Steve McAllister, dean of the Kansas University School of Law, has a predicament.
More students want to study law at KU, but McAllister wants smaller class sizes. That means more competition for fewer spots.
"KU Law School may be pretty darn hard to get into next year," he said.
McAllister said the slowdown in the economy helped lead to record application numbers at the law school. The school had about 1,100 applications for the upcoming school year, compared to 841 last year and 715 in 2000.
Class sizes have ranged from 150 to 220 in the last 15 years. McAllister said the school could handle about 500 students at any one time.
The incoming first-year class will have about 200 students, McAllister said. The school typically makes offers to about 400 students to get enough students for a typical class, because others accept offers from other law schools.
Because this year's class would be larger than usual, McAllister said the law school might accept only 140 students for fall 2003.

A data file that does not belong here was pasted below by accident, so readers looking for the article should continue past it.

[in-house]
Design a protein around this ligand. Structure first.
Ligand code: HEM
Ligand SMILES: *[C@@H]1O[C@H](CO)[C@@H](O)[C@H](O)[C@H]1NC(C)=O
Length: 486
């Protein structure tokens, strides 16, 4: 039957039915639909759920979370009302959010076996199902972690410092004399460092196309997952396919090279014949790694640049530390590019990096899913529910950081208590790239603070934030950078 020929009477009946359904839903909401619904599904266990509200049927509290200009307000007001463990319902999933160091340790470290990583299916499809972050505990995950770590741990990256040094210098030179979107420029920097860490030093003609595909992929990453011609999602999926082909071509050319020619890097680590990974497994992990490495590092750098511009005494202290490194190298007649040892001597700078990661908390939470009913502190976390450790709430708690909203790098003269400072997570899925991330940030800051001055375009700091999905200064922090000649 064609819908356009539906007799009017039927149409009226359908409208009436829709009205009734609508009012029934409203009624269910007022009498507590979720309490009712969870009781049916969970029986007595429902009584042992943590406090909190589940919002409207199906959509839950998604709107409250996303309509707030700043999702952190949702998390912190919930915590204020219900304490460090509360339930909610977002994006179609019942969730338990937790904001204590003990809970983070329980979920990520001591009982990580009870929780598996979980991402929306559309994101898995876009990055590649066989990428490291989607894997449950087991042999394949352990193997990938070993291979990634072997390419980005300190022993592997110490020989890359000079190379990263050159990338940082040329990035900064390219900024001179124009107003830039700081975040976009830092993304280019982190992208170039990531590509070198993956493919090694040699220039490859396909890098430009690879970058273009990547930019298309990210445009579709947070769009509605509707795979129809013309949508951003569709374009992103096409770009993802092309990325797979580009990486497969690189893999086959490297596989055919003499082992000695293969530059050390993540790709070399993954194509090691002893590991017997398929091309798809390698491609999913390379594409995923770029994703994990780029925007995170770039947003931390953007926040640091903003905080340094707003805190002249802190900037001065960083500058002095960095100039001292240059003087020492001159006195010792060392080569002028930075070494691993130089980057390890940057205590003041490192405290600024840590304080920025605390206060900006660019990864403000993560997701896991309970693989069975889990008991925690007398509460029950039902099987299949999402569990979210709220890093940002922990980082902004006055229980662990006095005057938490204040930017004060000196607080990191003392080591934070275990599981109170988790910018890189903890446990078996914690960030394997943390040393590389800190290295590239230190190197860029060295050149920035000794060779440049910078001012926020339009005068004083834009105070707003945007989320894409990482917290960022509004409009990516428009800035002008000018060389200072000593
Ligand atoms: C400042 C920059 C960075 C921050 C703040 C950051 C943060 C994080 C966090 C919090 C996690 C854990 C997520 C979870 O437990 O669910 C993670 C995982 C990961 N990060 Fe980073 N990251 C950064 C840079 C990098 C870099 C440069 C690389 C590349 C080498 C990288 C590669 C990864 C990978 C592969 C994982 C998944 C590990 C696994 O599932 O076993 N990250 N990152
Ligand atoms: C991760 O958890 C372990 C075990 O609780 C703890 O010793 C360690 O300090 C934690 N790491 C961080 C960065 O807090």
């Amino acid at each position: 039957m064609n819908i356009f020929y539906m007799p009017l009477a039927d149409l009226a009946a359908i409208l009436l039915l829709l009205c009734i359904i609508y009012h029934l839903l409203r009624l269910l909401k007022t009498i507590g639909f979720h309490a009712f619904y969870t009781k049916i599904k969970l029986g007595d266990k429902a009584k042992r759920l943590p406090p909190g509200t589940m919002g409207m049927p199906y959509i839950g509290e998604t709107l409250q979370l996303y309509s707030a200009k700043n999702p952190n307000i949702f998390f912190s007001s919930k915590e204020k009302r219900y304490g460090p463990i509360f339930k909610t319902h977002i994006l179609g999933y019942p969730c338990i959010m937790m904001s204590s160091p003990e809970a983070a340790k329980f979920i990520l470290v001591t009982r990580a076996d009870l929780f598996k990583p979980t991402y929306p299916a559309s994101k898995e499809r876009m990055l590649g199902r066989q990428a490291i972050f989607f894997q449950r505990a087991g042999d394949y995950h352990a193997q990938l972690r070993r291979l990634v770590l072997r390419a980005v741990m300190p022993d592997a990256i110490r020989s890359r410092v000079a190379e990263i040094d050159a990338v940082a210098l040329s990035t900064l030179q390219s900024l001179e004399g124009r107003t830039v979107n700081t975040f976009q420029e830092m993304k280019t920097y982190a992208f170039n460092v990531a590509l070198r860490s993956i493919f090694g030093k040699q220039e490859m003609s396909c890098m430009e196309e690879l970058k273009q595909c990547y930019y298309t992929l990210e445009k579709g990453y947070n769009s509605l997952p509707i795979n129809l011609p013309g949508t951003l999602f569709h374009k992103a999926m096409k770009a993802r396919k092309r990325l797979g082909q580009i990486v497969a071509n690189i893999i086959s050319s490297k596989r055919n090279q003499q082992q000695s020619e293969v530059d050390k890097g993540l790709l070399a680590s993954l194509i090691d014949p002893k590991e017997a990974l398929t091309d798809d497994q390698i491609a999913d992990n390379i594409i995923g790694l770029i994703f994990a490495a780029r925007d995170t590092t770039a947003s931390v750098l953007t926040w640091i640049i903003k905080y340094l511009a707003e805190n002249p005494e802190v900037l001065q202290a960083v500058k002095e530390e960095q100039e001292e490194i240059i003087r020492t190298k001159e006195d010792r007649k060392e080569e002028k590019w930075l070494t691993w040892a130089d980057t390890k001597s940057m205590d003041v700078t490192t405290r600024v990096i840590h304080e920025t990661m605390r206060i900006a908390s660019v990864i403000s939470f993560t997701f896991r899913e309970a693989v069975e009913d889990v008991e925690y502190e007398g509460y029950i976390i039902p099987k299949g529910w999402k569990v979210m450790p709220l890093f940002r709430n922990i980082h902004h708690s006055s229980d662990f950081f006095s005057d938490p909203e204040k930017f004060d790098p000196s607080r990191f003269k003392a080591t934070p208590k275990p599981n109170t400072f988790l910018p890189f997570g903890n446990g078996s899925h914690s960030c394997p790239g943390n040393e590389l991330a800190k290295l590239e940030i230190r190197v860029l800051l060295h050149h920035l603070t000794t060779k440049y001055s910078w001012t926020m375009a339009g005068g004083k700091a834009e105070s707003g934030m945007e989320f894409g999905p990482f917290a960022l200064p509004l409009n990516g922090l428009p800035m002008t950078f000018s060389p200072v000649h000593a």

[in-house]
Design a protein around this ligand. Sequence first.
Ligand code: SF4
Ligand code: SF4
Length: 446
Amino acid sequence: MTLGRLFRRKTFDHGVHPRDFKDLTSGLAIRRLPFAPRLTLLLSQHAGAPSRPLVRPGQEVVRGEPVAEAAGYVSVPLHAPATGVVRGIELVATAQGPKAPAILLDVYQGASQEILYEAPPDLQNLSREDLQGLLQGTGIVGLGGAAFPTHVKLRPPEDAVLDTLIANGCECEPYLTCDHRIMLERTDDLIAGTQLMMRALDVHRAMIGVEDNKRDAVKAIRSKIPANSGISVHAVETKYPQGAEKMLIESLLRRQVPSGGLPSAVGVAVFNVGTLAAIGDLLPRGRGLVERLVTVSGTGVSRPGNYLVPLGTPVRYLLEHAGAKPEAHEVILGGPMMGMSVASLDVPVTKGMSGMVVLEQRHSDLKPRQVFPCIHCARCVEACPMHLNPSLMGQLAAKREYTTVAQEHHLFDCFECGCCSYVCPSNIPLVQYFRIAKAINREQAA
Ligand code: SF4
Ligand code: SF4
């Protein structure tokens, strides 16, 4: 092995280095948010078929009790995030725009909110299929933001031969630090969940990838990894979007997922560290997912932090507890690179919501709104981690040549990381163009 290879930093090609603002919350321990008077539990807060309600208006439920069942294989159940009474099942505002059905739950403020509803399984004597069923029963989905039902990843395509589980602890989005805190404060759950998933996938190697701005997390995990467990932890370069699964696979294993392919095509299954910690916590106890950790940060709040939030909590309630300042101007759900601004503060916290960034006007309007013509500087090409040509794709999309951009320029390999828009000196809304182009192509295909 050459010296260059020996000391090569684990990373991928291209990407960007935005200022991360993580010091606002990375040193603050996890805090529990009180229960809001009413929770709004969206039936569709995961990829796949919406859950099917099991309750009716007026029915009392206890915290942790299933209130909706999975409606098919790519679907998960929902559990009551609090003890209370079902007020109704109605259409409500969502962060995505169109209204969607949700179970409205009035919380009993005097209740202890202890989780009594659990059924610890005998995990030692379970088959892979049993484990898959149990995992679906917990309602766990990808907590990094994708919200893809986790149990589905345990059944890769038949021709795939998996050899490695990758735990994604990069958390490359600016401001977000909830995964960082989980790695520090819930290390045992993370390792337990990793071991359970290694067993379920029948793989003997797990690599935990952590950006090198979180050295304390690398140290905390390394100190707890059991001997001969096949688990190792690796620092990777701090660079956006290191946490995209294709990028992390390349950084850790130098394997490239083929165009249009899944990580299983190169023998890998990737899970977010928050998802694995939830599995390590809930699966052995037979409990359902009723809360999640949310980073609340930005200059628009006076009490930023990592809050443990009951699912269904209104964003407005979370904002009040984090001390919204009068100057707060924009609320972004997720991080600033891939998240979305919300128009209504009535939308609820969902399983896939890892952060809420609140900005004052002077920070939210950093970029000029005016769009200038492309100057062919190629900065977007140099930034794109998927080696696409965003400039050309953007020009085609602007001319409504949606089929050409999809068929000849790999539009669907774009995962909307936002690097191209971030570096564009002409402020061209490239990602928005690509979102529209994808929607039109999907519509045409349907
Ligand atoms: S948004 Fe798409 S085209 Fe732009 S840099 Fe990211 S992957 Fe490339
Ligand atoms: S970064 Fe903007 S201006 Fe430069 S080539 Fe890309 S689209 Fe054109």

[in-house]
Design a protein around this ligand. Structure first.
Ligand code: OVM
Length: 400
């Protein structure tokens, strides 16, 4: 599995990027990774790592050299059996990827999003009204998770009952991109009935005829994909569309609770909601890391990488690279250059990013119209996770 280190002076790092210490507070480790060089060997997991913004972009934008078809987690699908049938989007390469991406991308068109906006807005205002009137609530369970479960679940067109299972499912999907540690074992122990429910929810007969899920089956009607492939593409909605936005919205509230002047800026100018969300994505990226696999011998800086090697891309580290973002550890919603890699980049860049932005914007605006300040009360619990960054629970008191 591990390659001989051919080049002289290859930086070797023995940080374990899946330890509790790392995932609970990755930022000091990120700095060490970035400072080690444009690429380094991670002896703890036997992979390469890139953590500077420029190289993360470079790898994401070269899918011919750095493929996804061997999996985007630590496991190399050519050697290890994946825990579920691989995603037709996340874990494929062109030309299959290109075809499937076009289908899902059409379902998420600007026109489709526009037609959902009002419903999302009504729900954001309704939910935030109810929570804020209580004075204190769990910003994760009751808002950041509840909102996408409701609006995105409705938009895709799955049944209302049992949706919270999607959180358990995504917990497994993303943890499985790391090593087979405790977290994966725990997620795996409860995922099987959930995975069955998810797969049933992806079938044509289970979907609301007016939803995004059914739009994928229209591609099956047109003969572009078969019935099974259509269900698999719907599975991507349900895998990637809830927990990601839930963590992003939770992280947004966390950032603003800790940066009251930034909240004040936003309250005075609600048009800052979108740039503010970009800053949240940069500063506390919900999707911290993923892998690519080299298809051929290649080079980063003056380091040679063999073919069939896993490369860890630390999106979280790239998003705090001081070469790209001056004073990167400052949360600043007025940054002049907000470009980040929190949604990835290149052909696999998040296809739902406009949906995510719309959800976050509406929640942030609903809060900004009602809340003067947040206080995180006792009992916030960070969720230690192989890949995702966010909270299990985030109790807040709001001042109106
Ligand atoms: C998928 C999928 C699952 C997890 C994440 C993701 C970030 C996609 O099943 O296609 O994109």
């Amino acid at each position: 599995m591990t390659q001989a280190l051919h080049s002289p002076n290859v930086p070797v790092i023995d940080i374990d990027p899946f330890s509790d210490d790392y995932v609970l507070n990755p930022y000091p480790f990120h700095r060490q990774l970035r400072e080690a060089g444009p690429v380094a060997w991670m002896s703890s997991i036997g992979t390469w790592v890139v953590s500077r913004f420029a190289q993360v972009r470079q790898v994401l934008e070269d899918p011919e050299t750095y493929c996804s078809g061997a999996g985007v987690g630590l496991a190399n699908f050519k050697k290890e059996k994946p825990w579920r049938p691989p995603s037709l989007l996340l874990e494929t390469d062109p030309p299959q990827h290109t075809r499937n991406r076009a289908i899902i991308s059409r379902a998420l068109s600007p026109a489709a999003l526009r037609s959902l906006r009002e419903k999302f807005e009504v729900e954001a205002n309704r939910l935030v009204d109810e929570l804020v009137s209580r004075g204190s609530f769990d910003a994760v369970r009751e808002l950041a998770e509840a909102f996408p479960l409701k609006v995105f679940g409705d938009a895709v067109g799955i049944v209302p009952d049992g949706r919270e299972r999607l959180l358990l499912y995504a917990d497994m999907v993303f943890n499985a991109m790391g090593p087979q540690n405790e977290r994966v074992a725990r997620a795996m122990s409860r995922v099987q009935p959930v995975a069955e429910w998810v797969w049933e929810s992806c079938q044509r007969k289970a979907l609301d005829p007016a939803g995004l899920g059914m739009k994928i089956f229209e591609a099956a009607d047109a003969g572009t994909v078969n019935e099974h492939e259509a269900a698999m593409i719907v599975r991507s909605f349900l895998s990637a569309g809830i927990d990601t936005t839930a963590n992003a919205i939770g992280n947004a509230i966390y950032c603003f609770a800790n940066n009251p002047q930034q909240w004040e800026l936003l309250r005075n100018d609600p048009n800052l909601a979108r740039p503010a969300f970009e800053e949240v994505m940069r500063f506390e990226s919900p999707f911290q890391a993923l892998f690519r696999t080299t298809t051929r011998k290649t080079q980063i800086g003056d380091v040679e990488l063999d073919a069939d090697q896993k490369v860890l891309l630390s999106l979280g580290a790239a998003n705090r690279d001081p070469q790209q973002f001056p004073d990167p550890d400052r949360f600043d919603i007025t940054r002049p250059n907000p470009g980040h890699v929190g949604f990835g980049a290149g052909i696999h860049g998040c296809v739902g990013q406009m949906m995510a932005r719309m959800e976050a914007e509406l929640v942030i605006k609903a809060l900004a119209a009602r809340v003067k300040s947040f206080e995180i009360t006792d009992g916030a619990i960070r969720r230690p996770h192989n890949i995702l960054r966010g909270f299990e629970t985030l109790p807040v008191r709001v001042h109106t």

McAllister said he would like an average class size of 150 to 170 students. Having smaller classes means more individual attention for students, he said. It improves the incoming GPA and LSAT score averages for the school.
"In the long run, it's one of the big considerations in U.S. News and World Report (rankings)," he said. "And if you have stronger students, you have stronger graduates. They go out there and help your reputation."
McAllister also noted that this fall's class has a high percentage of minorities, about 20 percent. Typically, 10 to 15 percent of classes are minorities.
"We're proud of that one," he said. "That's a pretty striking number for Kansas."
About 9 percent of the entire KU student body is comprised of minorities. McAllister said law school recruiters used scholarship funds to target minorities.